In later Christian usage, the magical thinking behind the nomenclature of this central place and the condition of being in limbo has to do with a kind of holding pen for outsiders.  Limbo becomes


           a waste-basket; a place where things are stowed, too good to destroy but

        not good enough to use. . . . unbaptised infants and good heathens go to

        Limbo. . . . They cannot go to heaven, because they are not baptised, and

        they cannot go to the place of torment, because they have not committed

        sin at all, or because their good preponderates. (37)

This prison, or place of containment, is especially reserved for fools, who are forever, and always, circumferential outsiders living on the edge.  Limbus Fatuorum, then, is the only natural home of the wandering fool, whose fringed and tattered motley belies a permanent condition of being nowhere.  Even the theologians of the church recognized the circumstance and place of the sacred fool, and so they determined that “As fools are not responsible for their works, they are not punished in Purgatory; but cannot be received into Heaven; so they go to a place called the Paradise of Fools.” (38)

And in such a place of liminality, (39) that threshold territory of neither here nor there, we should be surprised not to find Hermes Propylaios, or Hermes ‘Before the Gate’, for this is exactly his domain.  Homer does not disappoint.  Odysseus tells us that as he was nearing “the great house of Circe, skilled in medicines,” (40) to rescue his men from their state of suspension, there, as he “came up to the house, Hermes, of the golden staff, met me on my way.” (41)  Their place of meeting is an amorphous border-crossing that wavers between life and death.  Hermes is the guardian of this “middle realm between being and non-being . . .

he stands on ground that is no ground, and there he creates the way . . . out of a trackless world – unrestricted, flowing, ghostlike – . . . .” (42)  This god of boundaries knows no bounds, for he is the aggelos, the ‘angel’, or messenger of the gods, who moves freely between the upper and lower worlds.  Calling him by name, Hermes ridicules Odysseus for being “ignorant of the land-lay,” (43) a subject about which this deity knows much, and gently chastises him for thinking that he could survive “the malevolent guiles of Circe” (44) without the aid of an equally cunning sorcerer, such as himself.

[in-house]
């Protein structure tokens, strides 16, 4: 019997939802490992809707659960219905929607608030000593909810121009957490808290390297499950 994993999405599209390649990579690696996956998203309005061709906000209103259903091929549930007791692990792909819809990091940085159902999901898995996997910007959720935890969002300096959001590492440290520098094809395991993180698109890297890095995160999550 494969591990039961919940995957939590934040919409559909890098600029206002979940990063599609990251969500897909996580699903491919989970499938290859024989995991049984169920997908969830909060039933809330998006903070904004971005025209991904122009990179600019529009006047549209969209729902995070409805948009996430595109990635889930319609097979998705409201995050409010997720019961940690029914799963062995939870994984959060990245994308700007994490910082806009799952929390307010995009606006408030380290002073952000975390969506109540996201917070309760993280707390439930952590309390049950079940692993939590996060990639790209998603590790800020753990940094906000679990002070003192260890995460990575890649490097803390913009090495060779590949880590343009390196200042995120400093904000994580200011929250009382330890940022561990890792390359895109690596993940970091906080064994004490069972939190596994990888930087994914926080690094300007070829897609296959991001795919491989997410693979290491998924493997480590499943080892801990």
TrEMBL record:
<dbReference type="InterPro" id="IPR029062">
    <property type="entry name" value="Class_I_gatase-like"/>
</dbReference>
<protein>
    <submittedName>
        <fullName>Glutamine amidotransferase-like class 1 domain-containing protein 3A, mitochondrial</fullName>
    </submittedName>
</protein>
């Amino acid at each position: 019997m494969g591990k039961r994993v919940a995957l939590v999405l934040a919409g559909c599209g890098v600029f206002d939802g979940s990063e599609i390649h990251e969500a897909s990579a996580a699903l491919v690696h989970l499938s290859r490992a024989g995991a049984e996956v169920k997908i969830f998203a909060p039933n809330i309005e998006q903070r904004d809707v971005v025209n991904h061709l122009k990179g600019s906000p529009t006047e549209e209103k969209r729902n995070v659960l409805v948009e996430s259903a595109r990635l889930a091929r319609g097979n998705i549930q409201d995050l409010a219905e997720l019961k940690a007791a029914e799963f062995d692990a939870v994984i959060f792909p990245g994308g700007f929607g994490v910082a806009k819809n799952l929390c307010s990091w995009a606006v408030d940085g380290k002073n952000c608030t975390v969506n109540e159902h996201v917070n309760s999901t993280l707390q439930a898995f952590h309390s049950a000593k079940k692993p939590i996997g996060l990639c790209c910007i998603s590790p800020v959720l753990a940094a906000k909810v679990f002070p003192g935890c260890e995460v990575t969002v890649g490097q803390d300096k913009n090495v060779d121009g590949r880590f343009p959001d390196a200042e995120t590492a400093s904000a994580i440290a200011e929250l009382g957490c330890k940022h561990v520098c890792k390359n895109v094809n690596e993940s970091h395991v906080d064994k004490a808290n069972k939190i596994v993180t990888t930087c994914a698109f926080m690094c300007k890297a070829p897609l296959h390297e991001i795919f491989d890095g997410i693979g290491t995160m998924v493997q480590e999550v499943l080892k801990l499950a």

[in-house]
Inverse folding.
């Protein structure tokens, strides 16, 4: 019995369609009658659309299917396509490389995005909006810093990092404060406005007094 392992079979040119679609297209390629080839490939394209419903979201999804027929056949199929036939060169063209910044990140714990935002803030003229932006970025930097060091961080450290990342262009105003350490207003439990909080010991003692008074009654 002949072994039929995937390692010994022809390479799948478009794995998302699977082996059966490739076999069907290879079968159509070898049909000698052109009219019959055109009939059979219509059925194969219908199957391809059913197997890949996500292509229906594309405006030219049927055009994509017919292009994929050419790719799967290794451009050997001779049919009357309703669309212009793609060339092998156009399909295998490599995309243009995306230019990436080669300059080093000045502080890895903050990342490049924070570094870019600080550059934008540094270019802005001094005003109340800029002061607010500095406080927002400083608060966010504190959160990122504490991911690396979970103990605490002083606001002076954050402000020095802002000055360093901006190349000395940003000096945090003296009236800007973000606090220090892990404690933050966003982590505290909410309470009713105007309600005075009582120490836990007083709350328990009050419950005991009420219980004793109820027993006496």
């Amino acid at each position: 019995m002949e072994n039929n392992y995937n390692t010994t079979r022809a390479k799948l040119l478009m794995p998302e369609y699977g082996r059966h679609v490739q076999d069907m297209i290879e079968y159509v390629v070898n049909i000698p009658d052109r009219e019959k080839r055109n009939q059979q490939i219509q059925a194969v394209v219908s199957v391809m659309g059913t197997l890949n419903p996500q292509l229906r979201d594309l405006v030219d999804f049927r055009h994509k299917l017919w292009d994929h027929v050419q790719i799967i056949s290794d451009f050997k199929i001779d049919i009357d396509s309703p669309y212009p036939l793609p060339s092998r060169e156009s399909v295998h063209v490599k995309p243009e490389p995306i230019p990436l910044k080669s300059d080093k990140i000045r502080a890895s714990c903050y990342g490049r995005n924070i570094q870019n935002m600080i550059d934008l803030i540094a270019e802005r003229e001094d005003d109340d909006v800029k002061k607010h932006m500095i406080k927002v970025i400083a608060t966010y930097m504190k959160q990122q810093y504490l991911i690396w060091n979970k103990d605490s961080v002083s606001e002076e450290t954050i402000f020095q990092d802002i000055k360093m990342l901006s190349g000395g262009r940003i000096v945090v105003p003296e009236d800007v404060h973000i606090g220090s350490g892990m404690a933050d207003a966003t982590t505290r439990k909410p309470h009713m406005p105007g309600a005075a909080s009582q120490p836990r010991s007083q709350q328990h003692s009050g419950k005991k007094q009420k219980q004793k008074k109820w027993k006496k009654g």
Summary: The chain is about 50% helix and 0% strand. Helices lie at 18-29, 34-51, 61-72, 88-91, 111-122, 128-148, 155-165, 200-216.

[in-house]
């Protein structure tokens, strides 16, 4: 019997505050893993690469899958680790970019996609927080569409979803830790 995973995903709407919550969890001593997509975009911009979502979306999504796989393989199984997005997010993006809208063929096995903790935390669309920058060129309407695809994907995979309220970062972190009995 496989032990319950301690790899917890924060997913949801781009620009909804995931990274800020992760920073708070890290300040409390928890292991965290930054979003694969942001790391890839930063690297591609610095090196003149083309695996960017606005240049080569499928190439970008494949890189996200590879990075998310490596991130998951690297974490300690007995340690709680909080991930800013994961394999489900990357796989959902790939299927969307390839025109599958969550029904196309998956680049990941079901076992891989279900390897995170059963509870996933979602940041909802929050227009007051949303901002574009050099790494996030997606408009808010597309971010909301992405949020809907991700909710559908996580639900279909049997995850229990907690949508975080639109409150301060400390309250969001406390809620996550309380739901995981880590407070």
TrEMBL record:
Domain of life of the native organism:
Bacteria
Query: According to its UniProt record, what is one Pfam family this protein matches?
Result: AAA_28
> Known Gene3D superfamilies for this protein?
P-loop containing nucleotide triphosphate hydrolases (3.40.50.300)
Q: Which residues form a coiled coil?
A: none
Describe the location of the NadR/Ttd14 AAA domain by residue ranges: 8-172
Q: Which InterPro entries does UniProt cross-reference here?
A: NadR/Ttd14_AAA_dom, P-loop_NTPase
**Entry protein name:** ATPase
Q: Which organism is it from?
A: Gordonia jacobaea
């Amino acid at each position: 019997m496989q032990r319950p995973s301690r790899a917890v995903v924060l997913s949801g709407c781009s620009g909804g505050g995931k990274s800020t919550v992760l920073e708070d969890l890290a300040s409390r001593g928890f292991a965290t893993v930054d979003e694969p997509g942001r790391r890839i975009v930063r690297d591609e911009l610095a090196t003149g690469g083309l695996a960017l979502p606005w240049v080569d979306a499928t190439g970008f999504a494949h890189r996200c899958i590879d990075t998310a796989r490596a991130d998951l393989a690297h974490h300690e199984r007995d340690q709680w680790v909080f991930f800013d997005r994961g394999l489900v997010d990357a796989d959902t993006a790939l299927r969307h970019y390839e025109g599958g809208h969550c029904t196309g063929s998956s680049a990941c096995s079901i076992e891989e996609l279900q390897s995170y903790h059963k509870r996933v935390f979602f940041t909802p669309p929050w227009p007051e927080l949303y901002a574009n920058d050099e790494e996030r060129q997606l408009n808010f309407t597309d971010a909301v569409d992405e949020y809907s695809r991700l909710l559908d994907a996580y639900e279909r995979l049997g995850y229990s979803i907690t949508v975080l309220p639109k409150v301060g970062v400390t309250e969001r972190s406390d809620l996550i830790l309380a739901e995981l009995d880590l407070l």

If we had any doubts as to the state of initiatory death in which all of these char-acters float, we should look to the implements carried by the two great warring magician-healers of the story.  We have seen the results of Circe’s wand in action, but the god of the Way, who is rarely seen without his ancient double-serpent-wreathed kerykeion, or herald’s staff, known to us by the more familiar Latin name as the caduceus, also carries a magic rod.  The wands of both deities are called r(h)abdos in Greek, the literal translation of which is ‘rod’, or ‘wand’, with specific reference to its use as an instrument of magic. (45)  It is with this golden wand, the “implement of a necromancer,” (46) that Hermes Psycho-pompos, the “Escorter of Souls” (47) and “conjurer of the spirits of the dead,” (48) gently “mazes the eyes of those mortals whose eyes he would maze, or wakes again the sleepers.” (49)  One is reminded of the soothing words, addressed to the Lord of the Hebrews as shepherd in Psalm 23, that are often recited at funerals:

        Yea, though I walk through the valley of the shadow of death,

        I will fear no evil: for thou art with me;

        thy rod and thy staff they comfort me. (50)

The distinction between the rod and the staff of Hermes, which at some point “became [so] contaminated” (51) that they were indistinguishable, is elucidated by Jane Ellen Harrison in her prodigious study of the chthonic elements of Greek religion.  She authoritatively states that:

        The kerykeion or herald’s staff is in intent a king’s sceptre held by the

        herald as deputy; it is a staff, a walking stick . . . by which you are sup-

        ported; the rhabdos is a simple rod, even a pliable twig, a thing not by

        which you are supported but with which you sway others.  It is in a word

        the enchanter’s wand. It is with a rhabdos that Circe transforms the com-

        rades of Odysseus into swine. . . .  This magic wand became the attribute

        of all who hold sway over the dead.  It is the wand, not the sceptre, that is

        the token of life or death . . . . (52)

It is understandable that the magic rhabdos and snaky kerykeion of Hermes should become so entwined in their symbolism, for they are mutually specific to the finding – and binding – of serpent paths in the earth, as well as the healing effects derived from the control of this energy.  The kerykeion, or later Roman caduceus, which Harrison tells us “contains elements drawn from both sceptre and rhabdos,” (53) is but a formalized embodiment of the more animistic rhabdos.  This primitive wand, she explains,


        is sometimes forked like a divining rod: the forks were entwined in vari-

        ous shapes. Round the rhabdos a snake, symbol of the underworld, was

        sometimes curled as the snake is curled round the staff of Aesculapius.